Stepping up, you will find units that allow you to save waypoints and view them on a screen, without other information, such as roads or points of interest. These give you the convenience of seeing multiple points on the screen, or being able to see a route that you just followed, but lack details such as roads, important locations, rivers or streams, etc. I started with a Garmin eTrex. That unit served me for several years and was light enough to forget about in my backpack, but allowed me to save important points, such as people's houses, where I parked my vehicle at the start of a trip, camp sites, the summits from 14ers that I climbed and other important points.
The next unit I bought was a Garmin Map60CSX. This added a base map, which included roadways, mountain peaks, rivers, cities and other points of interest. It gave me the ability to navigate using roadways, view amenities at highway exits and get a general idea of cities and other important stops along a route. This unit also included support for microSD cards, giving me the ability to add additional maps and information. I ended up adding a topographic map to mine, which I will discuss with the accessories.
With the more advanced units you have more options for navigation or information storage, but it comes at a price, both in cost and weight. When you go to look at the different brands, look at different models at different price ranges. Try to be realistic about the features that you want and try to decide what you will really use. Just because the more expensive models offer more options, doesn't mean that you will actually use those options.
What Accessories Do I Need?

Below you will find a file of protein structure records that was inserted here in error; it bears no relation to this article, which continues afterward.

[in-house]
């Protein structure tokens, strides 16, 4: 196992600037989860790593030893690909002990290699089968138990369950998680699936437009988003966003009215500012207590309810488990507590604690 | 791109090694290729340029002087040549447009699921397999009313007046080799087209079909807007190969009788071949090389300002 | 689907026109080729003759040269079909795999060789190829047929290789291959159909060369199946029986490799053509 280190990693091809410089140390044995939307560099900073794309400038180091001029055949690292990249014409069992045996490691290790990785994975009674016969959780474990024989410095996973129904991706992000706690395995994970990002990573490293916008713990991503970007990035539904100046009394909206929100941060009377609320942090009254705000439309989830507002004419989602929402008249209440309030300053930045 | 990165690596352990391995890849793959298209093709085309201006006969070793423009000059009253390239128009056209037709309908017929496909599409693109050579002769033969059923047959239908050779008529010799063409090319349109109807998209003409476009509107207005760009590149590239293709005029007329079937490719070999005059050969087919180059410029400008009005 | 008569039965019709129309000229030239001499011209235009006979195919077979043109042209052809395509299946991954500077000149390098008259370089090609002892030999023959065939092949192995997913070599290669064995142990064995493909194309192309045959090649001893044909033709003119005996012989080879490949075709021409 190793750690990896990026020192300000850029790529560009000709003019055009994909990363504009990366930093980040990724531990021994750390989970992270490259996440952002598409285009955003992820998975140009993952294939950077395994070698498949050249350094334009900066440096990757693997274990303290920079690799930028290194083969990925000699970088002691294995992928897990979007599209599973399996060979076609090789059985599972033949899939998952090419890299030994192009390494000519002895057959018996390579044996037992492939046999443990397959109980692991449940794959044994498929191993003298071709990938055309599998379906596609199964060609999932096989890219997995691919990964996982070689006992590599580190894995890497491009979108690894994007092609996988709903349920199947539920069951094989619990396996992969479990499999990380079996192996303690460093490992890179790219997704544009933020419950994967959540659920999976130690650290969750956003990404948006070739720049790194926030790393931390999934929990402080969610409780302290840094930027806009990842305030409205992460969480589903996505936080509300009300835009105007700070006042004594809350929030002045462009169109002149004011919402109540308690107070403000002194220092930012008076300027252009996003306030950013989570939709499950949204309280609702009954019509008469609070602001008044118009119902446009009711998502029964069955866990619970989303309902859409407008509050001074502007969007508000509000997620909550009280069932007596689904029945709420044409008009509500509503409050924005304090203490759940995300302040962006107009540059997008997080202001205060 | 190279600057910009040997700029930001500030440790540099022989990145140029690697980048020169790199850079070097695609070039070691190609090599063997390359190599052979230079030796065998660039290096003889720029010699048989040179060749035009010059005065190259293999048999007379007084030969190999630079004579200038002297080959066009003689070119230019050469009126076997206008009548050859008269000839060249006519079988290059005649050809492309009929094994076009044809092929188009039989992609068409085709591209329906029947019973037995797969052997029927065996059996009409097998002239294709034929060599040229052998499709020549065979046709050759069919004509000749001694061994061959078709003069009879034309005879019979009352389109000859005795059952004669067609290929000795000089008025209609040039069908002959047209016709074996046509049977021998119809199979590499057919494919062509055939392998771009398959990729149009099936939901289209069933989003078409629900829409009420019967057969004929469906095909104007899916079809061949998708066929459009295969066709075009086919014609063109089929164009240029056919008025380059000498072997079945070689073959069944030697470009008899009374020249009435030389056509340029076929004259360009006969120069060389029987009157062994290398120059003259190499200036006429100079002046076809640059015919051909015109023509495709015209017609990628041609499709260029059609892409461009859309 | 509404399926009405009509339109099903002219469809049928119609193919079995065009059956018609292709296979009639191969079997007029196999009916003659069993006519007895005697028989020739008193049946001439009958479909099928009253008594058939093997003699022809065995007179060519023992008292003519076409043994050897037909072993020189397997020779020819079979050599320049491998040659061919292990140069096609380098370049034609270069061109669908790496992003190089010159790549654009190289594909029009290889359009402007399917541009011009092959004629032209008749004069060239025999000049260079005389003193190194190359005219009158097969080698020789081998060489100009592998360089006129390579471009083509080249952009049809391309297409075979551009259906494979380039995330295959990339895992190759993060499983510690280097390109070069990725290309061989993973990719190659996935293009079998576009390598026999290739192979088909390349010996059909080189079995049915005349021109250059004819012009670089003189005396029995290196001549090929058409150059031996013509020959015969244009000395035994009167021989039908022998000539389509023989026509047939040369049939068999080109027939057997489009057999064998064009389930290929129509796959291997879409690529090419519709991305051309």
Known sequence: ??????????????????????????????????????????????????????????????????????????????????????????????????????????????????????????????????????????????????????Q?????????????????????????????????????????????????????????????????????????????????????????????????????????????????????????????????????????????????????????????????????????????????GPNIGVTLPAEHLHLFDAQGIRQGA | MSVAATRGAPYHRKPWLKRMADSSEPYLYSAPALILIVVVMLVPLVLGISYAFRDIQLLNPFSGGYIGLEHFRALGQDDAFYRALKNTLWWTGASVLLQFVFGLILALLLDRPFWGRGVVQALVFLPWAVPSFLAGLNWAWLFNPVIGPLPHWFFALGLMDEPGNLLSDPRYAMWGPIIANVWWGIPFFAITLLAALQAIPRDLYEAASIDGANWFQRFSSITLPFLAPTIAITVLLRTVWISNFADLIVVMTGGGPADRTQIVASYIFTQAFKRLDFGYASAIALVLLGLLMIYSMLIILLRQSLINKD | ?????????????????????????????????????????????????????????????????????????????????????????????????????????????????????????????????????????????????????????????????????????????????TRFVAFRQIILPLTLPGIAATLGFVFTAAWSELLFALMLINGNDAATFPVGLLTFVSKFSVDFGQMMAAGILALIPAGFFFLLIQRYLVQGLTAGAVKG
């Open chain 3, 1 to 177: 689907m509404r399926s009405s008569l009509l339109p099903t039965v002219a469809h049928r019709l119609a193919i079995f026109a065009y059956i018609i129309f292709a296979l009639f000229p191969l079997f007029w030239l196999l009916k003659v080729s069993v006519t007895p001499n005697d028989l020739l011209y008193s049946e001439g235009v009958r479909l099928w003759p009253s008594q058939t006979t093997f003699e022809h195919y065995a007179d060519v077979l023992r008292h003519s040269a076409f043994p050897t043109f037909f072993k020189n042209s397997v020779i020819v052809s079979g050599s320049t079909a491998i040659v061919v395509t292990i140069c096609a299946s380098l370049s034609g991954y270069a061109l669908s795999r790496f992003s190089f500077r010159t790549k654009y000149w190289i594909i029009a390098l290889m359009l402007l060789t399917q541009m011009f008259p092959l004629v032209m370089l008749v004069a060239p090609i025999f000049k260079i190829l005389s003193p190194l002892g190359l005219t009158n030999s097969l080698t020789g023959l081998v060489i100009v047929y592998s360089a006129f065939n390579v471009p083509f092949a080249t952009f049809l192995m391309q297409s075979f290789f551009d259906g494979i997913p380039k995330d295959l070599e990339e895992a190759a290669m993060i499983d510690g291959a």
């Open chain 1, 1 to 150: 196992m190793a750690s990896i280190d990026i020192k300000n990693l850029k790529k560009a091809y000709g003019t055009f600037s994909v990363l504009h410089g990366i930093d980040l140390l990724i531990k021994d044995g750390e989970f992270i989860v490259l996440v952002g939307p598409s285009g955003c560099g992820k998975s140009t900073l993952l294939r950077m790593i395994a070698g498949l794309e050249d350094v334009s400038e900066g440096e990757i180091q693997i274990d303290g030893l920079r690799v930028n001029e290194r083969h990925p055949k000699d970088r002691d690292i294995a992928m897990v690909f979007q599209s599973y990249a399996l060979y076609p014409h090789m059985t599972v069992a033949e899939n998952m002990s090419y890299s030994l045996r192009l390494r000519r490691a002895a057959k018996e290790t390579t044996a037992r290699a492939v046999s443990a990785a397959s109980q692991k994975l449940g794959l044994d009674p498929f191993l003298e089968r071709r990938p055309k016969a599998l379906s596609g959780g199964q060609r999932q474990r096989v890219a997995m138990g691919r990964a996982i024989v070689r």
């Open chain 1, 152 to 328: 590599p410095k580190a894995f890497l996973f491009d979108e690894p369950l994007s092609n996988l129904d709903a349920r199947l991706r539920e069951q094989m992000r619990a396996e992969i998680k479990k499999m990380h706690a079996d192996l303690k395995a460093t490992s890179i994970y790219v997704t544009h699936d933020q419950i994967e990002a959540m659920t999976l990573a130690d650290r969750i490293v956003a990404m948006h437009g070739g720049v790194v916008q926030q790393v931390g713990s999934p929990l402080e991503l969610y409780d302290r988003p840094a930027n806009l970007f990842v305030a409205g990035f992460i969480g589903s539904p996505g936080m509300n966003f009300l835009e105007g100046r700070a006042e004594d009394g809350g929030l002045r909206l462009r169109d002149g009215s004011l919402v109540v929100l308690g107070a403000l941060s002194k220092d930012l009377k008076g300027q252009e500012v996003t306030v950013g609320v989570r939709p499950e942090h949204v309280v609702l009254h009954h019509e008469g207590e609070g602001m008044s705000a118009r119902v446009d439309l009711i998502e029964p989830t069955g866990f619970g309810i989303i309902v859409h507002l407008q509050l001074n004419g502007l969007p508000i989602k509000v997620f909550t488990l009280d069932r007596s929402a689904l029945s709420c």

The next thing to consider is what accessories you might want to use and whether or not those are available for the brand and model that you are looking at. Even though we have been talking about units for hiking and backpacking, many of them still have mounts and power adapters so that you can use the handheld unit in your car.
You'll also want to make sure you get a 12-volt power adapter if you use it in your car. Also don't forget a case to protect it when you aren't using. There are also different mounts that will mount it to your boat, bicycle, etc. I have a bike mount for mine that I can use to put it on the handlebars of a motorcycle or bicycle. Great for recording trip information and marking points of interest along the way.
You will also want to consider what maps are available for the unit you are looking at. As I mentioned above, I bought my Garmin with a topographic database for the U.S. included. This allows me to see the terrain around me, including peaks, trails, streams, etc. There are also upgraded road maps and even lake maps if you want to use it fishing.
What About Your Smart Phone?
If you have a smart phone you may be thinking, why should I even bother buying a GPS when I can just use my cell phone? That is a great question and it all depends on your situation. Many people that just want a GPS to use occasionally might be able to get away with an app for their smart phone. These vary in price and features. Many of them are fairly simple compared to a GPS unit, but if all you need to be able to do is mark a set of coordinates, it may be perfectly adequate.
The biggest disadvantage of the GPS in a smart phone, is the accuracy. In general, a smart phone will not give you the same accuracy that a dedicated GPS unit will. If you just navigate on roads, or in open areas, this may be fine. If you need to get to specific locations, such as with geocaching, you are probably better off with a handheld GPS unit.
Making A Decision
Now, I obviously haven't told you what GPS to buy, that was never my intent. Hopefully you can take some of these tips and use them to figure out what GPS receiver will fit you the best. Once you have it, make sure you read the manual to understand everything that it will do. Once you have an idea of what buttons to push, get outside and learn by hands on experience. Mark some waypoints, make a track and follow it back, try geocaching, or just go for a hike.
For more of my outdoor articles, check out my blog: http://adventurecolorado.blogspot.com